You can buy the former mill (built 1828) in Castletown, Isle of Man, that once housed housed Cecil Williamson and Gerald Gardner’s “Folklore Centre of Superstition and Witchcraft,” whose name went through various permutations, even as its little restaurant went from being “The Folklore Restaurant” to “The Witches’ Kitchen.”
Being near to the former residence of the Arbory witch, Elizabeth Kewin, who was in 1666 rumoured to have transformed into a hare and cast evil spells, the mill was soon associated with witchcraft.
By the 1950s, an Englishman named Cecil Williamson had bought the mill and planned to create a museum of folklore and witchcraft there. Later selling it to his friend Gerald Gardner, the mill was revamped as The Museum of Magic and Witchcraft.
After Gardner’s death in 1964, the museum ran for a short time under new owner Monique Wilson, who eventually sold it and its exhibits, but in its relatively short life, the museum was credited with helping to popularise Wicca as a religion.
I would go farther than that. I would say that this was more or less where Wicca was born. There ought at least to be a plaque. (Here is a Manx article about Ronald Hutton’s lecture there in 2010.)
To have a museum, you must have exhibits, and Phlip Heselton’s Witchfather: A Life of Gerald Gardner
, vol. 2, shows Gardner scurrying around to find, borrow, or make witchy objects for the museum.
In the museum world, objects must have “provenance,” a detailed description of where they came from and a chain of ownership. Ideally. Think of it as a story with documentation — although the art and antiquities trades are full of examples of forged documentation
In Gardner’s case, he merely had to provide a story. This ritual sword belonged to . . . wait a moment, it’s on the tip of my tongue. . . “The Southern Coven of English Witches.” In other words, me and my fellow explorers of possible survivals of ancient Paganism, as described by Professor Murray.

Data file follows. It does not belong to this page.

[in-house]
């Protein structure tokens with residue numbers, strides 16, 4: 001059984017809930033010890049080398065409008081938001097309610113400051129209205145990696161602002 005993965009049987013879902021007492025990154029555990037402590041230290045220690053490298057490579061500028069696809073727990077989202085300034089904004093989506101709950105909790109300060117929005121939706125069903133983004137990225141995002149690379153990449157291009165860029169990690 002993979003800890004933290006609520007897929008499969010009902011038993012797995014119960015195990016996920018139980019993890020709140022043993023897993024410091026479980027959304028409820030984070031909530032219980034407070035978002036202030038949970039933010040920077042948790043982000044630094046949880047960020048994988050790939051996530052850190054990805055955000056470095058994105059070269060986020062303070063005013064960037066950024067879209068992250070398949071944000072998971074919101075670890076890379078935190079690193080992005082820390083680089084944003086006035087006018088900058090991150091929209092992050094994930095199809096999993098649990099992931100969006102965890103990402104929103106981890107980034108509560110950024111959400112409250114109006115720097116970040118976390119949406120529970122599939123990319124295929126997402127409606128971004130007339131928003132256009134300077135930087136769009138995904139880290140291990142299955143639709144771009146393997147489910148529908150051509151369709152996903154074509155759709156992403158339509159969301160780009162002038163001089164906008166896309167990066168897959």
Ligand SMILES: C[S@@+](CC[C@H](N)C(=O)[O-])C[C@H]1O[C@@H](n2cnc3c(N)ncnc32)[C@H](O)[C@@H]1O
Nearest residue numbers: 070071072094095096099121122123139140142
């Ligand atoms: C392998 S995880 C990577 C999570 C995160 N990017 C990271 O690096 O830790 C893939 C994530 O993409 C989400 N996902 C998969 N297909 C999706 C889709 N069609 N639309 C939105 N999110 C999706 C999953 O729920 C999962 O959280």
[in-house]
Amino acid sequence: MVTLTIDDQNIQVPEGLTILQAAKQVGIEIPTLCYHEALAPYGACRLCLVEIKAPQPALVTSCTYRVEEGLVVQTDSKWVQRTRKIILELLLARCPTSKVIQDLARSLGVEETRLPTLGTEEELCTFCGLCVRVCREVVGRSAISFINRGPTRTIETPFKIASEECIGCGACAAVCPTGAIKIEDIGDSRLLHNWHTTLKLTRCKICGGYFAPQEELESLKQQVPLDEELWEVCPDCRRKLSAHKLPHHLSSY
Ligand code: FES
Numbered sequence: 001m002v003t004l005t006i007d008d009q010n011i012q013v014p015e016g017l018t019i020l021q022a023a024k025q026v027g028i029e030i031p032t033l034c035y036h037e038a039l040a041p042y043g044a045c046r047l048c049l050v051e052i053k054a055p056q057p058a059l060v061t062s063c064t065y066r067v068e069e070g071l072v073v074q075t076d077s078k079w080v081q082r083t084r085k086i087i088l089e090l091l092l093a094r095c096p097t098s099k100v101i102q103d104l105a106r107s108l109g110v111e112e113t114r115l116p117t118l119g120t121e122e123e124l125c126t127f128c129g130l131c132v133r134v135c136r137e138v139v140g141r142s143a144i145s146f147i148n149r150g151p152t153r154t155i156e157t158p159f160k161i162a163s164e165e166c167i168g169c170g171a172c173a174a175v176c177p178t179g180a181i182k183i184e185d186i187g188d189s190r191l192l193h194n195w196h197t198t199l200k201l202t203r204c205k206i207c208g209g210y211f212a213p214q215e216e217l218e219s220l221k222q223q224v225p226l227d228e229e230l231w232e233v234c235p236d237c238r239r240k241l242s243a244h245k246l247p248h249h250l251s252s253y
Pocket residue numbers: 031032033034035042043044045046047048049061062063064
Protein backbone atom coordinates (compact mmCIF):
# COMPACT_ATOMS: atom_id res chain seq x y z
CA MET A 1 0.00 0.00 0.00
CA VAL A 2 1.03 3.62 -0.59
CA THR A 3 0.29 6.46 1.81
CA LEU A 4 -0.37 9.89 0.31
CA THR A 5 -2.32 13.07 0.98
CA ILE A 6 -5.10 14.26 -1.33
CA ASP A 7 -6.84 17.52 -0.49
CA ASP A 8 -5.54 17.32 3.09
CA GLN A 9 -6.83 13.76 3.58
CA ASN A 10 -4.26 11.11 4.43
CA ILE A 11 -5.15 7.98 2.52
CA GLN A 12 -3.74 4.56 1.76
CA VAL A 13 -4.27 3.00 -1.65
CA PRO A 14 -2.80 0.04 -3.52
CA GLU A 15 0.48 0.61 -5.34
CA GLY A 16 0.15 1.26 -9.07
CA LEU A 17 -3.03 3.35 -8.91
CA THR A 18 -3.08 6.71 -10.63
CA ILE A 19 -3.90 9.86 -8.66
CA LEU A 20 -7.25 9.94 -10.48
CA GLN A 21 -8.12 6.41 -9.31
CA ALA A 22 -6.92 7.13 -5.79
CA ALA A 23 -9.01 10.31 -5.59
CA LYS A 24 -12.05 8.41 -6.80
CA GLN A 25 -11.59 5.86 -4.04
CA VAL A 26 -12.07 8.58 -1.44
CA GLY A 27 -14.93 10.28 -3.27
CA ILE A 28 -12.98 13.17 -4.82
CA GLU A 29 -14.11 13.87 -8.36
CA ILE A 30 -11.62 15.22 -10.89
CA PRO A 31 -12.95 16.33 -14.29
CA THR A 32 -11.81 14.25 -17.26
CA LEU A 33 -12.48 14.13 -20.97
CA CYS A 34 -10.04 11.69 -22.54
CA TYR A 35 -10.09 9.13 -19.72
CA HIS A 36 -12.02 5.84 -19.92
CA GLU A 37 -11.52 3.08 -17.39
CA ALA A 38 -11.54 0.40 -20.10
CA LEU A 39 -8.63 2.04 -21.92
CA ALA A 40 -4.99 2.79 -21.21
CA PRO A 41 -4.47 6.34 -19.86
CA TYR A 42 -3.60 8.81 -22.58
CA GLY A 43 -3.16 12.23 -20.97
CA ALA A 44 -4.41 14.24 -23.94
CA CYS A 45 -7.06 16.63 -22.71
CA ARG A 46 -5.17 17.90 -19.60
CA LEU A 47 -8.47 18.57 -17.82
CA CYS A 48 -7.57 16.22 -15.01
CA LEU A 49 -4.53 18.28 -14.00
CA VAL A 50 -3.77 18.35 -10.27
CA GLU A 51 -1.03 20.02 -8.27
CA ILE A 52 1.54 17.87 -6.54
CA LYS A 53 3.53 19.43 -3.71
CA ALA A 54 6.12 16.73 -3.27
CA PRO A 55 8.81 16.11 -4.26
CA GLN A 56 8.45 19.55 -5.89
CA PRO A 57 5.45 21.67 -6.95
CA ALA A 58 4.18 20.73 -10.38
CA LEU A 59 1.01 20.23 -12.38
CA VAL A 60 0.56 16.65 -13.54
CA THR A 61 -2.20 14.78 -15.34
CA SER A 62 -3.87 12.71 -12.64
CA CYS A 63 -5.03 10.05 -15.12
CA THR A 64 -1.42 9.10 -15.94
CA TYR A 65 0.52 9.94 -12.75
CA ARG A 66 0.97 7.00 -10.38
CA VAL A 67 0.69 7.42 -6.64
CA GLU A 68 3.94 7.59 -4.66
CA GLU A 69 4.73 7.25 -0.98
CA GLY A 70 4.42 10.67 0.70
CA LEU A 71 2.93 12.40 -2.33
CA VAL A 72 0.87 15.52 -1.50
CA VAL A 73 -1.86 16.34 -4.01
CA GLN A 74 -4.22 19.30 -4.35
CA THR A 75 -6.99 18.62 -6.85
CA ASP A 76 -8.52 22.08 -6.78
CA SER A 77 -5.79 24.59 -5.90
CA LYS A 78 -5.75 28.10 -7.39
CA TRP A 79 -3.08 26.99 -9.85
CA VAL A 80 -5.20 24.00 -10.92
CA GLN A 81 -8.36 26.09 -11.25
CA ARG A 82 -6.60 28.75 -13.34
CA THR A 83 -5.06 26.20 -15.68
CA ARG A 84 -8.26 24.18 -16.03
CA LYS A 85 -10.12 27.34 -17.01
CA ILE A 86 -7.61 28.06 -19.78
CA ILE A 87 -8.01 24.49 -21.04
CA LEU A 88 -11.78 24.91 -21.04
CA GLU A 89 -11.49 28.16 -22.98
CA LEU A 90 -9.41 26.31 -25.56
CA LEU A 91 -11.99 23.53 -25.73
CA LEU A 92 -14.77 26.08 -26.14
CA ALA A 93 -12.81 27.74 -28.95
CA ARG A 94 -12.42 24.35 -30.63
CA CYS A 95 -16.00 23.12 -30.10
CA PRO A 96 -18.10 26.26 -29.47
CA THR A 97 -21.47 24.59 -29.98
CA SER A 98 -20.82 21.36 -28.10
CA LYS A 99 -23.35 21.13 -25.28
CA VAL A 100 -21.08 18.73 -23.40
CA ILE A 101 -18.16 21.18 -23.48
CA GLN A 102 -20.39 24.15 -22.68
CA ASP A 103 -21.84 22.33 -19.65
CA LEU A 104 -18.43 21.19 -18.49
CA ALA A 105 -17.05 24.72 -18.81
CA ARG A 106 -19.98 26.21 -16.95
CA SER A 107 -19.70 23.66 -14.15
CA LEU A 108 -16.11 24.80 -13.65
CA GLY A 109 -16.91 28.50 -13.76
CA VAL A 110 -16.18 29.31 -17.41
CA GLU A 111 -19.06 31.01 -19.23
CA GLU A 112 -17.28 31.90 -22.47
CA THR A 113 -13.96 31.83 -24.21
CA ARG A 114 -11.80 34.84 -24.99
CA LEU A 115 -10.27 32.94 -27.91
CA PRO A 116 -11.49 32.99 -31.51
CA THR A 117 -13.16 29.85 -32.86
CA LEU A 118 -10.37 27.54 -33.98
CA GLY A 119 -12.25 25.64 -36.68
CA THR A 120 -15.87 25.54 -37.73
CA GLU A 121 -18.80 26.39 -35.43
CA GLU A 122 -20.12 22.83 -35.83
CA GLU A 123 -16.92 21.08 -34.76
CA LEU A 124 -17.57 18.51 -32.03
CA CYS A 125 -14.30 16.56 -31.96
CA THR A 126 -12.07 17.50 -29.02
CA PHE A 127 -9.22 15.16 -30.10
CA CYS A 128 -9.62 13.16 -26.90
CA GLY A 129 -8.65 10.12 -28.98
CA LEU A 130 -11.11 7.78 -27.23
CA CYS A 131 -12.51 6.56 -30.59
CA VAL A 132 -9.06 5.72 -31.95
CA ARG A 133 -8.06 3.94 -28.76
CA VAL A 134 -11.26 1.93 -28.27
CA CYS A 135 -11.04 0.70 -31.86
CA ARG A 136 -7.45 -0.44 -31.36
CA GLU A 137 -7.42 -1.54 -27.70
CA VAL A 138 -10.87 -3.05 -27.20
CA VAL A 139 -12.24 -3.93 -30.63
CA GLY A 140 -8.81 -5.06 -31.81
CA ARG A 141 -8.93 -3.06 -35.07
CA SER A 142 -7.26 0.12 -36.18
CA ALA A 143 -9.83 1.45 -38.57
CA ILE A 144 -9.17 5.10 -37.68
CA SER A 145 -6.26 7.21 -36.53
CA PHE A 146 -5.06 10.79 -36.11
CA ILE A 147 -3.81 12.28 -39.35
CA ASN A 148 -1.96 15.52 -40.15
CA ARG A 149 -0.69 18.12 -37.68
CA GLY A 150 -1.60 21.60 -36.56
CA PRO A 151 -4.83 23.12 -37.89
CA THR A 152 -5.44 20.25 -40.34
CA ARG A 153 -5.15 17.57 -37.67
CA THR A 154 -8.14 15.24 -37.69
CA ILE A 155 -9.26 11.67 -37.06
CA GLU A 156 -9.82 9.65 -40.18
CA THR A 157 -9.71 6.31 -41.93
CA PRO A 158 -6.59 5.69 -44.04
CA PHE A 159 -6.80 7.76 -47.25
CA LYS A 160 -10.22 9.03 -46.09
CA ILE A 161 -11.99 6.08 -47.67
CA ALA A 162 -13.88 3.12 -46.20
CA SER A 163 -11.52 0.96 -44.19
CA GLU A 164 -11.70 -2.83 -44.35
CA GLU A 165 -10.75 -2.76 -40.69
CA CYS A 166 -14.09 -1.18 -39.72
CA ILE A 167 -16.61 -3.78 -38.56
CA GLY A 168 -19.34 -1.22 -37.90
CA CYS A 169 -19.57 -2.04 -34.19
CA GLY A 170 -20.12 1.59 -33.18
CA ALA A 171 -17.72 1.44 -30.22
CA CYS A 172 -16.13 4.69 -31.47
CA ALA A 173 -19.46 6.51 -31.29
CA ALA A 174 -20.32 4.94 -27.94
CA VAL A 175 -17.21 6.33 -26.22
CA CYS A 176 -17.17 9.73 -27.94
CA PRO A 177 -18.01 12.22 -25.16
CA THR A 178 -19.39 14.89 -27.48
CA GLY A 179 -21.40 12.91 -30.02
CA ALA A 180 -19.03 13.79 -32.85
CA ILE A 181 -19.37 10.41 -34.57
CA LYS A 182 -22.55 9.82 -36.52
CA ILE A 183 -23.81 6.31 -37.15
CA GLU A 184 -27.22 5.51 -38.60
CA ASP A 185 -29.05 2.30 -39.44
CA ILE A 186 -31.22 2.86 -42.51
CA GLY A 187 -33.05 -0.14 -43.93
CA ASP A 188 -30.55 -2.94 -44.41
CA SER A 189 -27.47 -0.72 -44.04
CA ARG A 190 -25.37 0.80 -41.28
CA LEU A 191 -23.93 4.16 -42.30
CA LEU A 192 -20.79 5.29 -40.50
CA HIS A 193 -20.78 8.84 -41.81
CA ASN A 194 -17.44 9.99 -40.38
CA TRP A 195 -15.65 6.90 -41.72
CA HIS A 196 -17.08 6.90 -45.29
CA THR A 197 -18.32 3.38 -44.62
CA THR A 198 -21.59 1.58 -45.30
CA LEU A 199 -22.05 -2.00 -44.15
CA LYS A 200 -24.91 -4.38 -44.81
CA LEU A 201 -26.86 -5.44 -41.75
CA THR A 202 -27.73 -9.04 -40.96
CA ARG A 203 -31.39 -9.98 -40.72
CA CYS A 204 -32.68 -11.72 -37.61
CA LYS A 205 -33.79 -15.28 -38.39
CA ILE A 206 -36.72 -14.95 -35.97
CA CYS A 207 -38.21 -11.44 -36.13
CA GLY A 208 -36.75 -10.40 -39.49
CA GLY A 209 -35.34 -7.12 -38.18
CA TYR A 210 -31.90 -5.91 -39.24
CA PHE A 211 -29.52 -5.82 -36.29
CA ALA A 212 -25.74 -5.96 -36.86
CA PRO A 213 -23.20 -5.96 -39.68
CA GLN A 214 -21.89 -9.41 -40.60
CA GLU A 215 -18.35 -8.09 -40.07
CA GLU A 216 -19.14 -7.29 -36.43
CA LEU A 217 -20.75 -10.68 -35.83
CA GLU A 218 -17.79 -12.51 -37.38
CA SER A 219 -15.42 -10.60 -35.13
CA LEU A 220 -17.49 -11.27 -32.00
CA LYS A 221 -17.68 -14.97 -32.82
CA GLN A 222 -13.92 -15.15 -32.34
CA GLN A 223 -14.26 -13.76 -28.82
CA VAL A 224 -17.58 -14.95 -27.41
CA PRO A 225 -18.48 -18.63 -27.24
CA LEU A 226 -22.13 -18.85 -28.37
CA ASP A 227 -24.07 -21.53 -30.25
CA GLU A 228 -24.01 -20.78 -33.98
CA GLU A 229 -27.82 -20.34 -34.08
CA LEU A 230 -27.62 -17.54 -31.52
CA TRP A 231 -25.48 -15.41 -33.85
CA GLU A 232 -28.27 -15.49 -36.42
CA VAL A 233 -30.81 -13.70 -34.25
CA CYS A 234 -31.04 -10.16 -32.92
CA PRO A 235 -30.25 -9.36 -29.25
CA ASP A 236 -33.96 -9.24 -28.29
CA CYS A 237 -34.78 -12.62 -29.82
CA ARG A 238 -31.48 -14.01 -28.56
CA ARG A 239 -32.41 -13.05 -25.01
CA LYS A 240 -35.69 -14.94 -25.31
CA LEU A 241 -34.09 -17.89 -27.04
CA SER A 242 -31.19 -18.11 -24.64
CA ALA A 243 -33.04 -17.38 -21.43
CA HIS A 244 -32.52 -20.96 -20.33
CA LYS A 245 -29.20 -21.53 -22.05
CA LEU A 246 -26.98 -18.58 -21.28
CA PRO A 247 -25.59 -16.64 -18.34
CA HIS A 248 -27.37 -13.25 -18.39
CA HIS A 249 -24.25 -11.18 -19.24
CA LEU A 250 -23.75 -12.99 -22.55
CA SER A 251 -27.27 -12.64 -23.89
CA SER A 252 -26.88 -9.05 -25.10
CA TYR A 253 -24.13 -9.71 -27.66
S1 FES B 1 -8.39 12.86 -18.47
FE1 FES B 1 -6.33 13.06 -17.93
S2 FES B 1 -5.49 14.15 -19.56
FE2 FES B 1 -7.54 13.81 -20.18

“A collection of objects used by witches, lent by an existing coven of witches,” the witchcraft museum’s pamphlet read at one point.Philip Heselton, Witchfather: A Life of Gerald Gardner, vol. 2 (London: Thoth, 2012), 474.
And this Southern Coven, they are followers of an ancient religion, called Wicca! It’s been here all along! People still go back and forth about this.
There is a saying in the SF-writing world, which I have seen attributed in its original form to the paranormal researcher Charles Fort (1874–1932), that “It steam-engines when it’s steam engine time.”
The example given is that ancient Mediterranean people knew at a basic level how steam power worked. A few simple examples were built .Roman technology could have produced boilers and pistons, but it wasn’t “steam engine time” yet. There were no situations that required steam engines, no one willing to invest in them. Yet in the 18th-century, steam technology took off and dominated the next two centuries, still having some use today.
Even as Hero (or Heron) of Alexandria could conceptualize a steam engine two thousand years ago, so various people tried various Pagan revivals in the late 19th and early 20th centuries. Some in the Baltic countries, for example, clung to life through Nazi and Communist persecution but did not go world-wide, beyond their own ethnic diasporas.
Wicca went world-wide in the late 20th century, becoming, as Ronald Hutton writes in The Triumph of the Moon, “the only religion which England has ever given the world.”Ronald Hutton The Triumph of the Moon: A History of Modern Pagan Witchcraft (Oxford: Oxford University Press, 1999), vii. Maybe we should just say that “It Wiccas when it’s Wicca time,” and that time was 1950–51. And one of the key locales was an old windmll on the Isle of Man.
In my fantasy, the old mill could be bought and turned into a museum again, complete with dioramas of its 1950s self — a meta-museum! — material on the history of Wicca as a worldwide religion since the 1950s, and of course a restaurant, selling “Home Baked Cakes in the old Manx farmhouse style” as did the original.Heselton., 429.